Mobile, Alabama: the home of Mardi Gras.
When you think of this holiday, you think of the parades, the elegant balls, and the endless king cake you’ll devour.
In Mobile, there are traditions embedded in the roots of our city.
Next to the more recognizable side of the Mardi Gras holiday, you’ll discover bits and pieces unique to the celebration in Mobile.
Joe Cain Day is a part of Mardi Gras only celebrated in Mobile.
Most know the impact Joe Cain had on Mardi Gras, bringing the true celebration back to his hometown.
In the late stages of his life, Cain and his wife moved to Bayou La Batre, Alabama, where he was buried.
Mobilians continued to celebrate Mardi Gras as Joe Cain would want.
In the 1960s, Julian Lee Rayford, a local author, was determined to make Mardi Gras open to everyone, not just the secluded mystic societies.
In 1966, he traveled to the gravesite of Cain and his wife and had them moved to Mobile, where he felt they belonged due to his major impact on Mardi Gras.
Due to the huge turnout, Rayford and locals decided to create an event to celebrate the life of Joe Cain, now known as Joe Cain Day.
Related Reading: History Of Mardi Gras King Cake – Click Here To Learn More.
Cain’s Merry Widows
On the Sunday before Fat Tuesday, Joe Cain Day, a women’s only society known as Cain’s Merry Widows, dress in all black starting at the Church Street Graveyard where Cain is buried.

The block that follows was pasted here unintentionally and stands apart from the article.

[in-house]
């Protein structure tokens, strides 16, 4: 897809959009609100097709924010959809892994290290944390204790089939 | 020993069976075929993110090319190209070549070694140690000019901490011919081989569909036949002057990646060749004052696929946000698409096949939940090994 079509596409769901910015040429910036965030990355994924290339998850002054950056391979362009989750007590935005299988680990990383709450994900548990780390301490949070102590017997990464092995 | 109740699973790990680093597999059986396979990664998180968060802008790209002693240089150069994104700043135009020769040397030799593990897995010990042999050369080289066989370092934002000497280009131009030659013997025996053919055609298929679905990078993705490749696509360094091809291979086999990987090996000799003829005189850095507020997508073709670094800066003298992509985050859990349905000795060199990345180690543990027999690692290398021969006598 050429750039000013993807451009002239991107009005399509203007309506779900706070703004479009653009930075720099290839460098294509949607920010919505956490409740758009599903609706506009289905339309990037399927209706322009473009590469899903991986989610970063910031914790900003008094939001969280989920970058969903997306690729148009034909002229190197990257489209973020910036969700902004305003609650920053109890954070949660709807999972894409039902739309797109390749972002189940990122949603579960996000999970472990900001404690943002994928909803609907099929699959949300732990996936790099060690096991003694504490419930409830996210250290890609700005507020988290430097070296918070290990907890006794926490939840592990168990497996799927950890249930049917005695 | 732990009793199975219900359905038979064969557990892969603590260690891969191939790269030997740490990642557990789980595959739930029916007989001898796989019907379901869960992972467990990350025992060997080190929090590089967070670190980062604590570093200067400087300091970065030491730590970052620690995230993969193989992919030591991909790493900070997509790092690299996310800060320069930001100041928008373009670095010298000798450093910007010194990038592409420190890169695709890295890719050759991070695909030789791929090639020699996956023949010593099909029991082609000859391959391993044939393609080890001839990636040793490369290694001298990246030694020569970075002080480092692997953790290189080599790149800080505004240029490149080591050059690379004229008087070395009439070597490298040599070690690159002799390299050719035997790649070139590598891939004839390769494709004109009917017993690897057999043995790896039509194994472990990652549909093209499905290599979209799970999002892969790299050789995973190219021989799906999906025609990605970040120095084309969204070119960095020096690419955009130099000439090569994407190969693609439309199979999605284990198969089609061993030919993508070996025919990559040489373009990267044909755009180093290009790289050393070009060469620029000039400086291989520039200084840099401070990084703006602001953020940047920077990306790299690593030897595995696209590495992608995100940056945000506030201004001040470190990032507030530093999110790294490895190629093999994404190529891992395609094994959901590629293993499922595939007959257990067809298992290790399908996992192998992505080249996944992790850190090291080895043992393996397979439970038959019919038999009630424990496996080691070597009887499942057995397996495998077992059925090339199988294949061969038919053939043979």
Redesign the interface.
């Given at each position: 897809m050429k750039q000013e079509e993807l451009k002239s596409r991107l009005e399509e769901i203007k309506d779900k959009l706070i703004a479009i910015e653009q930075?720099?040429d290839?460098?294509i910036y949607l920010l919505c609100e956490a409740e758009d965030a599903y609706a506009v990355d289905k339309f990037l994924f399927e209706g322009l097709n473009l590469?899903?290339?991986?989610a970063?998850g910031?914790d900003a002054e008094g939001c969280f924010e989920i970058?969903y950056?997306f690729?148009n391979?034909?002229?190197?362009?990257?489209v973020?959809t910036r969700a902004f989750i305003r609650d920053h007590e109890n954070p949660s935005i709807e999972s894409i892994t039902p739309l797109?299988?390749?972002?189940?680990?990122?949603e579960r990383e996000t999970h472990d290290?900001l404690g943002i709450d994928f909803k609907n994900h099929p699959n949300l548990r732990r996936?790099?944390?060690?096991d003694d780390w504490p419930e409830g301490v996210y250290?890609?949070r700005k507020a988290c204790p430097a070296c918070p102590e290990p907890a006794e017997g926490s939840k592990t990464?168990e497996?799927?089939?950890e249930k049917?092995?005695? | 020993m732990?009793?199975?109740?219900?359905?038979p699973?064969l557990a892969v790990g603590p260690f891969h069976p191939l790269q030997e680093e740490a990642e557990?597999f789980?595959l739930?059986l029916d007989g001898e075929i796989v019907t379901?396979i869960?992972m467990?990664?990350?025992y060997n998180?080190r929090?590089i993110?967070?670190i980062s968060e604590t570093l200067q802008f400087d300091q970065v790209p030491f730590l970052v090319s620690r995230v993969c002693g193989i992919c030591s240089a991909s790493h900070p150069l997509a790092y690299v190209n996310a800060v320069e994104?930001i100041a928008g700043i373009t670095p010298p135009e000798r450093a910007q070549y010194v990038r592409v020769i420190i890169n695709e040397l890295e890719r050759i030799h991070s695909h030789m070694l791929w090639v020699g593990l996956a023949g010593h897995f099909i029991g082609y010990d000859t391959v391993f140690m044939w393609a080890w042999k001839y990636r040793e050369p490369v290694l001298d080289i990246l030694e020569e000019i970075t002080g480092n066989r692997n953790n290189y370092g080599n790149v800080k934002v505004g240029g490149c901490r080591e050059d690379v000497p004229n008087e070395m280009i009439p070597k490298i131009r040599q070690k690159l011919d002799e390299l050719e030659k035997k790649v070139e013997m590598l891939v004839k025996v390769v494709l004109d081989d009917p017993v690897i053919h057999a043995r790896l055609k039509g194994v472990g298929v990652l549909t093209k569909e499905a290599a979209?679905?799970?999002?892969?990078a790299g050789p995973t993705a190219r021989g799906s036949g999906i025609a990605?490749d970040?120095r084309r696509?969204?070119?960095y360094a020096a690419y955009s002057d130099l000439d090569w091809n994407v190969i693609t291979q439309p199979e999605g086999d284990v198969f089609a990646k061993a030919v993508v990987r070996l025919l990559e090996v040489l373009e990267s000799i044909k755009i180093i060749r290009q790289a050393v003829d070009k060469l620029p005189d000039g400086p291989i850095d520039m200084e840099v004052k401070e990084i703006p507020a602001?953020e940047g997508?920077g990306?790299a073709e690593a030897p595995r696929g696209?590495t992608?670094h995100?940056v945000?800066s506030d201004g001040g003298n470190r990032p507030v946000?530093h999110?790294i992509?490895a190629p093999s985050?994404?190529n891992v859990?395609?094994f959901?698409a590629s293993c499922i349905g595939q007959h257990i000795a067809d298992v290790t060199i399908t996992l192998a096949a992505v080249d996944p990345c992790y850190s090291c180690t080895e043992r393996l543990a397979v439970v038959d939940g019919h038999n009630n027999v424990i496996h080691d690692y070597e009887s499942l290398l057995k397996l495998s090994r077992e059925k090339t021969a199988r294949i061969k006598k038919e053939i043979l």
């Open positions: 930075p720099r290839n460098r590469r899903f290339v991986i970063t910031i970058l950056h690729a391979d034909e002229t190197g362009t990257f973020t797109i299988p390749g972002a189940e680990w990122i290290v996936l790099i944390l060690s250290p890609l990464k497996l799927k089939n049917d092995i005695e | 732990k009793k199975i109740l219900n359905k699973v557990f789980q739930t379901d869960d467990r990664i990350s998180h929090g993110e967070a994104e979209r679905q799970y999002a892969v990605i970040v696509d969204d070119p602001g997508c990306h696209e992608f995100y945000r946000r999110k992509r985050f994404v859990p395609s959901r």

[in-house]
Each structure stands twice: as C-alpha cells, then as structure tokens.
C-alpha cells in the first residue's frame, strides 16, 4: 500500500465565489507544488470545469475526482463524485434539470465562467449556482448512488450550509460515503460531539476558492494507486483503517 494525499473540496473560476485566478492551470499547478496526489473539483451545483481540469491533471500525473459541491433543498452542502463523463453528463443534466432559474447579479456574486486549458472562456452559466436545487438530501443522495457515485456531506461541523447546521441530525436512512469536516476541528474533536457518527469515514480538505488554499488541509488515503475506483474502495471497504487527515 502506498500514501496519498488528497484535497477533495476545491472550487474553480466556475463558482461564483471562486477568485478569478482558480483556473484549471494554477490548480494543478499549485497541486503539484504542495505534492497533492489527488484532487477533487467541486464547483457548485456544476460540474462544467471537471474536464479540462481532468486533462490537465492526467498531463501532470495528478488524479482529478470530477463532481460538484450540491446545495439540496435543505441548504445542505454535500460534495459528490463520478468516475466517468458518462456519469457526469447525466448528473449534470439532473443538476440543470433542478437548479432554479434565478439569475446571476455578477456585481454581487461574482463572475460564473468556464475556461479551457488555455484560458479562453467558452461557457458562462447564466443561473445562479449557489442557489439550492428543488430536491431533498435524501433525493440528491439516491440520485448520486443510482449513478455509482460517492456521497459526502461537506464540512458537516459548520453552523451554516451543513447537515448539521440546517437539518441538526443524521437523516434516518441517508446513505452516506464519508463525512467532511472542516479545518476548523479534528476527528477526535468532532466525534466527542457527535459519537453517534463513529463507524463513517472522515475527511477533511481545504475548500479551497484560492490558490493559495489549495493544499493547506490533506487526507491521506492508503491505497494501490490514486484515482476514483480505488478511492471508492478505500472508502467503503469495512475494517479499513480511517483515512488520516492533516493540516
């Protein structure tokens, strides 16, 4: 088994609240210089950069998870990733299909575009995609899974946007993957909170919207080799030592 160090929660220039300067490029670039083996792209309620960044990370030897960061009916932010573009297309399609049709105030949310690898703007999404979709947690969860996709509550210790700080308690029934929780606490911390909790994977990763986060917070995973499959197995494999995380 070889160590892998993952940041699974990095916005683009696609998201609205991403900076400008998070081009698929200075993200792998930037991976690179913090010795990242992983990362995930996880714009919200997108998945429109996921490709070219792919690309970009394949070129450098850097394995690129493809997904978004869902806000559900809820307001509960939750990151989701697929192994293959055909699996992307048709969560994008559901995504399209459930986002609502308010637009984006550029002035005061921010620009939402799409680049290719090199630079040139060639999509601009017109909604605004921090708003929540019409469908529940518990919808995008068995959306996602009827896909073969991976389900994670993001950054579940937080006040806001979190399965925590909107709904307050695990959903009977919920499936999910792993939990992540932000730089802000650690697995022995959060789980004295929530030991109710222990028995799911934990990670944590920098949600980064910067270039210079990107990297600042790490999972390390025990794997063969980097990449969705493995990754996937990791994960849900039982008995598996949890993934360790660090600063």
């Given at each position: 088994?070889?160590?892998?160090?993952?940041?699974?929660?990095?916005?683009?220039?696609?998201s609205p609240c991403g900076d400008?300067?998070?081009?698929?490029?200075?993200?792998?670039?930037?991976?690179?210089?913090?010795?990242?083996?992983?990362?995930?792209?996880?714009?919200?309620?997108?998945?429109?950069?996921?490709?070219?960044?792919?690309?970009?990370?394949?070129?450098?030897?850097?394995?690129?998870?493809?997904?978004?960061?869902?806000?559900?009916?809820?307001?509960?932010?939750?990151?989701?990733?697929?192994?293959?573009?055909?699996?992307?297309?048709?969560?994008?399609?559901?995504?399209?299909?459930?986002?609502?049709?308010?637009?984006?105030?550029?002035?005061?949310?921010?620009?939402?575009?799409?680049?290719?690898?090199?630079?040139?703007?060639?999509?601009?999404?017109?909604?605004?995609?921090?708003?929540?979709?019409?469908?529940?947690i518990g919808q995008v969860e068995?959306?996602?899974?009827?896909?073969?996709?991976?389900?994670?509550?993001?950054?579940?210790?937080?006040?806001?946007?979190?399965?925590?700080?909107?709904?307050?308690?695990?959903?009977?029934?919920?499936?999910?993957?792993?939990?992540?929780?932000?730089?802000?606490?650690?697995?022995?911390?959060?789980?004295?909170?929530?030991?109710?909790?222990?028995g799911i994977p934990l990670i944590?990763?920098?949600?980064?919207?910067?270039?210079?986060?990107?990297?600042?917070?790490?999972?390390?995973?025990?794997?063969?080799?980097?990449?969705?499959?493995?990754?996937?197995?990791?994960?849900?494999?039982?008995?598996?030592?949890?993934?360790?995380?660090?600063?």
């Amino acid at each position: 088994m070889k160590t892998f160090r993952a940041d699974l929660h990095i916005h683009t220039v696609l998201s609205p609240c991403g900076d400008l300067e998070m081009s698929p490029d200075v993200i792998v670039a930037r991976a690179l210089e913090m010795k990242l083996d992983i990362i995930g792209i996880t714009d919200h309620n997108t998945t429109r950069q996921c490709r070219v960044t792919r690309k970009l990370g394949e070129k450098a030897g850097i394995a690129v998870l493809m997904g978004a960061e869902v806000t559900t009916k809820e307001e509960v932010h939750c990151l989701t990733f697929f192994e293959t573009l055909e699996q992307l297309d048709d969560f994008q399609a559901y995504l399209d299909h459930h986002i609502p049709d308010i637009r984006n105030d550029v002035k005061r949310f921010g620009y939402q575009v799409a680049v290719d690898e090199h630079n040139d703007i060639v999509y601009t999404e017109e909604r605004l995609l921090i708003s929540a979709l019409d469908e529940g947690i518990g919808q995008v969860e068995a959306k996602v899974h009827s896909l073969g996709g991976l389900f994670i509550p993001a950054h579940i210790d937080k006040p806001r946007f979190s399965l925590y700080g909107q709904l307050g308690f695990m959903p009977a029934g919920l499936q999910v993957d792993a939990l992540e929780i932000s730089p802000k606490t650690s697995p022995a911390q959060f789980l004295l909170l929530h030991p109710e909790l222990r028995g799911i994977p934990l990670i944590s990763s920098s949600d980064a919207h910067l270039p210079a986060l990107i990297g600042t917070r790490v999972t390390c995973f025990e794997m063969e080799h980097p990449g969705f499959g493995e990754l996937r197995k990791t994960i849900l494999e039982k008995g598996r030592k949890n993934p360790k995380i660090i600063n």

They begin the festivities by laying a wreath on his tomb while wailing over “their departed husband.”
The women then travel to his former house on Augusta Street to offer a toast and eulogy in honor of their “beloved husband.”
History Behind the Queen of Mardi Gras
Originating in 1917, the selection of the Queen of Mardi Gras is a tradition well-known to members of various societies in Mobile.
This tradition is a tremendous honor for those selected, including the Queen’s luncheon hosted by the Mobile Carnival Association.
This event resembles a decadent wedding reception and is planned months in advance by the Queen.
Why all the MoonPies?
You can expect one thing during Mardi Gras- getting hit in the head with your favorite sweet treat, a MoonPie.
I’m sure you’ve wondered once, “How in the world did MoonPies become so popular in Mobile Mardi Gras?”
This holiday staple came about in the 1960s when float organizers were looking for something soft to throw other than the then-popular Cracker Jack boxes.
A group of ladies was roaming the streets of Chattanooga, TN, when they came across MoonPies.
After discovering these would make a softer throw, the ladies brought them to Mobile’s celebration.
This was the start of what is now the biggest tradition during Mardi Gras season here.
With all of these amazing traditions originating right here in our favorite city of Mobile, is there any wonder why the tourists flock to us each year?
We are the original home of Mardi Gras, and that’s what makes our already unique city what it is today.